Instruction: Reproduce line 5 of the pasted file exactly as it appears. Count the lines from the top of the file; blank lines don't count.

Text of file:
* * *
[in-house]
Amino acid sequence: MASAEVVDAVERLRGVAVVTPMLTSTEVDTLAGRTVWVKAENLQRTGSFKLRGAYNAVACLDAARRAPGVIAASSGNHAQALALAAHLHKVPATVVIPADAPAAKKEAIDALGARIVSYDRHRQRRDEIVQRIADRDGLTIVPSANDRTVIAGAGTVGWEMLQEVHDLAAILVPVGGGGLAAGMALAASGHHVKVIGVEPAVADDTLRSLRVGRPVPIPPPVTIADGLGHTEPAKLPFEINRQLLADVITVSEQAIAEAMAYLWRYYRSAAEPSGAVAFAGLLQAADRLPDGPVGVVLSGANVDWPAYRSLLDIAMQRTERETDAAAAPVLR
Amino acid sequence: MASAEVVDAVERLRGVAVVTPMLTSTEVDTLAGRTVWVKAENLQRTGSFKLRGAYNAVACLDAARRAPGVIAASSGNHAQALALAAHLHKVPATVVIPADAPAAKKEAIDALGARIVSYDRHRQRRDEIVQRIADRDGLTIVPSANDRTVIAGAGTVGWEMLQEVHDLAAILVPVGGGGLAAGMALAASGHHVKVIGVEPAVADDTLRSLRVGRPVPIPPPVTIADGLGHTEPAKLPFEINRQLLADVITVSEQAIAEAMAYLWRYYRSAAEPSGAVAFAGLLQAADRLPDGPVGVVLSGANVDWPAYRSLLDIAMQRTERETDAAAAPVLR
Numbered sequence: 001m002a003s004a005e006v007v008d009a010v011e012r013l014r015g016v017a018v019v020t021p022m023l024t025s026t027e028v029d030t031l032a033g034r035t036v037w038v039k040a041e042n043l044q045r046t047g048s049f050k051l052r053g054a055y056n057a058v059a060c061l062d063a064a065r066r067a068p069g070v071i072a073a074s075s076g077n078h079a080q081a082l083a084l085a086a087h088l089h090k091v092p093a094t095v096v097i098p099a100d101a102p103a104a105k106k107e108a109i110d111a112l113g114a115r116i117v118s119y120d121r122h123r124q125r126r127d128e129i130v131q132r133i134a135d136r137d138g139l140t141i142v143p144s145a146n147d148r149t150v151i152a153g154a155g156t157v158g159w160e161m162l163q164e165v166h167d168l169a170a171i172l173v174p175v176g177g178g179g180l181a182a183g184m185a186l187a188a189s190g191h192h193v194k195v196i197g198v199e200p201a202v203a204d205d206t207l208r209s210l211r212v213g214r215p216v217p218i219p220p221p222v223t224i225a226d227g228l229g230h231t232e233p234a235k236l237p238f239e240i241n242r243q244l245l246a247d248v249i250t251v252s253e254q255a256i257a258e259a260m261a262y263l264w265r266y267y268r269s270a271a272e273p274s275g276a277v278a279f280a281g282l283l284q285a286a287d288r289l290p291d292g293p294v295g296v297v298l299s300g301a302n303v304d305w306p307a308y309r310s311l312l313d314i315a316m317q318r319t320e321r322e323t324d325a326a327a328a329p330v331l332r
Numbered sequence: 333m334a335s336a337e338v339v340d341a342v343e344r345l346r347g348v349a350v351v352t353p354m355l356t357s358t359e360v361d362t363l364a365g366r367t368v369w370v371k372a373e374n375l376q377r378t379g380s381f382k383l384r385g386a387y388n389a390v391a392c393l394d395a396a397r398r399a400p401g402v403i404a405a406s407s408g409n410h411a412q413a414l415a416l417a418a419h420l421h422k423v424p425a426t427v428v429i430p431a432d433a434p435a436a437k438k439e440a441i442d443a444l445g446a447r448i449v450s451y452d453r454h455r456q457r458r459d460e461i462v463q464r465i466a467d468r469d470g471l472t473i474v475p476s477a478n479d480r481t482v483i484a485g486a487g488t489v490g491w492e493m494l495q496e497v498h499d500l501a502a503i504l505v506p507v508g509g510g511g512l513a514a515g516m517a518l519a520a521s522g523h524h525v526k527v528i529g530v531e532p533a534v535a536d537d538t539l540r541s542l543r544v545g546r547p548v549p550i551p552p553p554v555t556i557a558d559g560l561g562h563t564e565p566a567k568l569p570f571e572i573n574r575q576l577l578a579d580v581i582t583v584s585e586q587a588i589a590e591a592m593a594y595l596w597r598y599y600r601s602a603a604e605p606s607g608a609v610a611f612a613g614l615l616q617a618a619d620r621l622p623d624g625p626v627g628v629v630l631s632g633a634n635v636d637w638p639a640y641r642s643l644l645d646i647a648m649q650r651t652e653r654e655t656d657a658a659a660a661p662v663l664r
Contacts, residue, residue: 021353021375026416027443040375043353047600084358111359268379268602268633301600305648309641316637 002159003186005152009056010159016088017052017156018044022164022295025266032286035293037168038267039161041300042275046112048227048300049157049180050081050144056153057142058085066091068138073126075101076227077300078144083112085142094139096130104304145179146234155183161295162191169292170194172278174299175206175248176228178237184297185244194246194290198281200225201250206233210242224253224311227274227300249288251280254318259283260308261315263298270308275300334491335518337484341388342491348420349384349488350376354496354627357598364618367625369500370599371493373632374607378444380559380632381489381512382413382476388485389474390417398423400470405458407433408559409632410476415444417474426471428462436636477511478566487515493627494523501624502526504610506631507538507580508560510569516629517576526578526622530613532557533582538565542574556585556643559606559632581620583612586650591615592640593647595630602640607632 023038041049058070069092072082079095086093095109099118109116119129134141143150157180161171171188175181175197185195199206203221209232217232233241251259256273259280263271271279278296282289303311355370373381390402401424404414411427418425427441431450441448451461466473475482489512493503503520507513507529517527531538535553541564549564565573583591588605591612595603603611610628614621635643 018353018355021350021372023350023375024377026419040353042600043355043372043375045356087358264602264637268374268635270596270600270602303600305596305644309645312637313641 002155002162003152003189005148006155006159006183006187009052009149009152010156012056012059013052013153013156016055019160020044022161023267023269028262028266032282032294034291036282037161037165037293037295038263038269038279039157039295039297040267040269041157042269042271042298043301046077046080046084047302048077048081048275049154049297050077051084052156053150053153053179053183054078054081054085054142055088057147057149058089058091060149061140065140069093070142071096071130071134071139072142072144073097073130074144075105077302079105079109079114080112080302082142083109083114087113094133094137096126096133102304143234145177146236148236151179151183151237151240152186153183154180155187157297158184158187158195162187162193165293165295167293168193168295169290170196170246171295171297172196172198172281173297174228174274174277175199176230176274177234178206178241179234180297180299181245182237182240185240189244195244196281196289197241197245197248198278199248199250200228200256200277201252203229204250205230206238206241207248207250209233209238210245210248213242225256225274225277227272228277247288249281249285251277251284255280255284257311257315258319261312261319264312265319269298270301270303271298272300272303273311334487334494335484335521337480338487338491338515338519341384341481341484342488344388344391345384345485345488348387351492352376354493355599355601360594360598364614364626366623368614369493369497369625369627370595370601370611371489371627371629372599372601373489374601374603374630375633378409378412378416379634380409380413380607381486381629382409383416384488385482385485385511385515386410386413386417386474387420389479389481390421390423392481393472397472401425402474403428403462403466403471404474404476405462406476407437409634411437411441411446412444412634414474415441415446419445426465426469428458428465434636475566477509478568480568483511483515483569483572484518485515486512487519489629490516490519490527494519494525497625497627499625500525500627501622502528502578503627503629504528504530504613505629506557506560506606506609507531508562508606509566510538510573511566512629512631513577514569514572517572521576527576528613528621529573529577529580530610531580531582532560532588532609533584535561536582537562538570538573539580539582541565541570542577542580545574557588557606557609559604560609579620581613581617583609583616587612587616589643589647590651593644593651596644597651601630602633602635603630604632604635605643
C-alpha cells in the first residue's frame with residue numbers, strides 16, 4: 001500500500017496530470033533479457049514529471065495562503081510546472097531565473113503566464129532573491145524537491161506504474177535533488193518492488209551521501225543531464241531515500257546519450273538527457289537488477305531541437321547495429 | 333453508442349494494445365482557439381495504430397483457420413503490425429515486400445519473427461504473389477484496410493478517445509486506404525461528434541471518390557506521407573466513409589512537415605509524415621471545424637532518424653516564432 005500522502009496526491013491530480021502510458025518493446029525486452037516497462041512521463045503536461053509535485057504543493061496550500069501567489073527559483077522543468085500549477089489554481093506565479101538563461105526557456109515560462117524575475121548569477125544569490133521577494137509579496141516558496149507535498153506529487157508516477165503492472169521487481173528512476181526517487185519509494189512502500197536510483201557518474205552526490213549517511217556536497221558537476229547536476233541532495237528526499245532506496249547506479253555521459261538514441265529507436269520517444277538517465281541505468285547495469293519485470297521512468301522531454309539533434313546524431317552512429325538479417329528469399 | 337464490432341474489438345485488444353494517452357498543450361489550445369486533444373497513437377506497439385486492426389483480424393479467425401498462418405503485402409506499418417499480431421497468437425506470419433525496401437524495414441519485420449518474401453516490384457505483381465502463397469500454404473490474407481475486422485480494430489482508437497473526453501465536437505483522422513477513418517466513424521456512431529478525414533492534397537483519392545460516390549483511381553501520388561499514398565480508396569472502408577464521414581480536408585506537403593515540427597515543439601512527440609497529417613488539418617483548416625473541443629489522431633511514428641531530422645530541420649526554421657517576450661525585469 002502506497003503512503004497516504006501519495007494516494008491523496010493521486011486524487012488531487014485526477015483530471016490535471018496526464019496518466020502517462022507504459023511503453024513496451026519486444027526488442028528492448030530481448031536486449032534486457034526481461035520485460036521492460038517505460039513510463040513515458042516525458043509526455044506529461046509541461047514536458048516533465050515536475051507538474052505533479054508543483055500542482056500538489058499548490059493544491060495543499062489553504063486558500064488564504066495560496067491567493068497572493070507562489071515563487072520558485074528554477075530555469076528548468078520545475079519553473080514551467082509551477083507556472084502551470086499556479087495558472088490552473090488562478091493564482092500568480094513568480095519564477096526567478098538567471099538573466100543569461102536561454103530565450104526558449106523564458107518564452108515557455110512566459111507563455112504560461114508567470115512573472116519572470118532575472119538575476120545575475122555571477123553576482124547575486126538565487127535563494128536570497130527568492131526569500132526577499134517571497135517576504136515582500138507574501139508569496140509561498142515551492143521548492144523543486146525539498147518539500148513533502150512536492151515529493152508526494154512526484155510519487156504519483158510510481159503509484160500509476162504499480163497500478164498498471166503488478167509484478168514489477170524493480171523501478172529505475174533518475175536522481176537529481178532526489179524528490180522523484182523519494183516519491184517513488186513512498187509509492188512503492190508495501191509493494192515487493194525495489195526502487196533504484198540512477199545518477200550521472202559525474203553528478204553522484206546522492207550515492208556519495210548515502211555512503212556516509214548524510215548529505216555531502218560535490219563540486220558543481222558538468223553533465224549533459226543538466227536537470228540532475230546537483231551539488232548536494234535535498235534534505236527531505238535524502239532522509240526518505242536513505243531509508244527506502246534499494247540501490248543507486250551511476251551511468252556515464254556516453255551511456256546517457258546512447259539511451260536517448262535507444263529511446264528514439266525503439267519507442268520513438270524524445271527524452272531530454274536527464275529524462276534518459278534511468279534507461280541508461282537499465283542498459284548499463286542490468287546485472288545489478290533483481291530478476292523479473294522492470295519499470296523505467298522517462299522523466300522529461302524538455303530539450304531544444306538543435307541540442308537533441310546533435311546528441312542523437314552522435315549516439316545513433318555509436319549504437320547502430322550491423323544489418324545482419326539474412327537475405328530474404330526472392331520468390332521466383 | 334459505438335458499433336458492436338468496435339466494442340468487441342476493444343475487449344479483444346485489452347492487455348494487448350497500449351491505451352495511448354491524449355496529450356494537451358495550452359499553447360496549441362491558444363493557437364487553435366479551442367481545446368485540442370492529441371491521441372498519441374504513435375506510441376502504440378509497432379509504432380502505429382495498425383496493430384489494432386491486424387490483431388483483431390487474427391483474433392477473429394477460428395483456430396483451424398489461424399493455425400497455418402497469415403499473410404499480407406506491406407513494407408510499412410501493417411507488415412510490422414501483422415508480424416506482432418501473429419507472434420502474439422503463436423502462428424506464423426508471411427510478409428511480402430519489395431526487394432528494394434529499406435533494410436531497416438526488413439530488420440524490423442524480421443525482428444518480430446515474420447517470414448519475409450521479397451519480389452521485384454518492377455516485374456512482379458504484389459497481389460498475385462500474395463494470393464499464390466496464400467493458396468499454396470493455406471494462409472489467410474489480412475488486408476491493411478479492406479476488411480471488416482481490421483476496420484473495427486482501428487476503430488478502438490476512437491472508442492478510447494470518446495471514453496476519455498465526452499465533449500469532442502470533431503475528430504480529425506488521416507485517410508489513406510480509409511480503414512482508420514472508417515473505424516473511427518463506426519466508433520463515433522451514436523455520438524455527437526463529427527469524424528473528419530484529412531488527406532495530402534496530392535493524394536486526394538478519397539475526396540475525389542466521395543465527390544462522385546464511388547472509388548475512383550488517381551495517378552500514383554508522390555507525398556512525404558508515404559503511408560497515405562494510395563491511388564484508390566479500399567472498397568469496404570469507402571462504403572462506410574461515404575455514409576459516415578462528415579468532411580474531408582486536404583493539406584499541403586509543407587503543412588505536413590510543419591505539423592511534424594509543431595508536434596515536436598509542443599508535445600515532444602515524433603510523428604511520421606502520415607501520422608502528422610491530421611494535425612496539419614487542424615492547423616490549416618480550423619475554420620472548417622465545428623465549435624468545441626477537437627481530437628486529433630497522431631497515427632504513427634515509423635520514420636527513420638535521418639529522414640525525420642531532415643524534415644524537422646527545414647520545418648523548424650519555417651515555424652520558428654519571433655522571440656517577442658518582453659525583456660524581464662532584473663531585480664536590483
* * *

Numbered sequence: 333m334a335s336a337e338v339v340d341a342v343e344r345l346r347g348v349a350v351v352t353p354m355l356t357s358t359e360v361d362t363l364a365g366r367t368v369w370v371k372a373e374n375l376q377r378t379g380s381f382k383l384r385g386a387y388n389a390v391a392c393l394d395a396a397r398r399a400p401g402v403i404a405a406s407s408g409n410h411a412q413a414l415a416l417a418a419h420l421h422k423v424p425a426t427v428v429i430p431a432d433a434p435a436a437k438k439e440a441i442d443a444l445g446a447r448i449v450s451y452d453r454h455r456q457r458r459d460e461i462v463q464r465i466a467d468r469d470g471l472t473i474v475p476s477a478n479d480r481t482v483i484a485g486a487g488t489v490g491w492e493m494l495q496e497v498h499d500l501a502a503i504l505v506p507v508g509g510g511g512l513a514a515g516m517a518l519a520a521s522g523h524h525v526k527v528i529g530v531e532p533a534v535a536d537d538t539l540r541s542l543r544v545g546r547p548v549p550i551p552p553p554v555t556i557a558d559g560l561g562h563t564e565p566a567k568l569p570f571e572i573n574r575q576l577l578a579d580v581i582t583v584s585e586q587a588i589a590e591a592m593a594y595l596w597r598y599y600r601s602a603a604e605p606s607g608a609v610a611f612a613g614l615l616q617a618a619d620r621l622p623d624g625p626v627g628v629v630l631s632g633a634n635v636d637w638p639a640y641r642s643l644l645d646i647a648m649q650r651t652e653r654e655t656d657a658a659a660a661p662v663l664r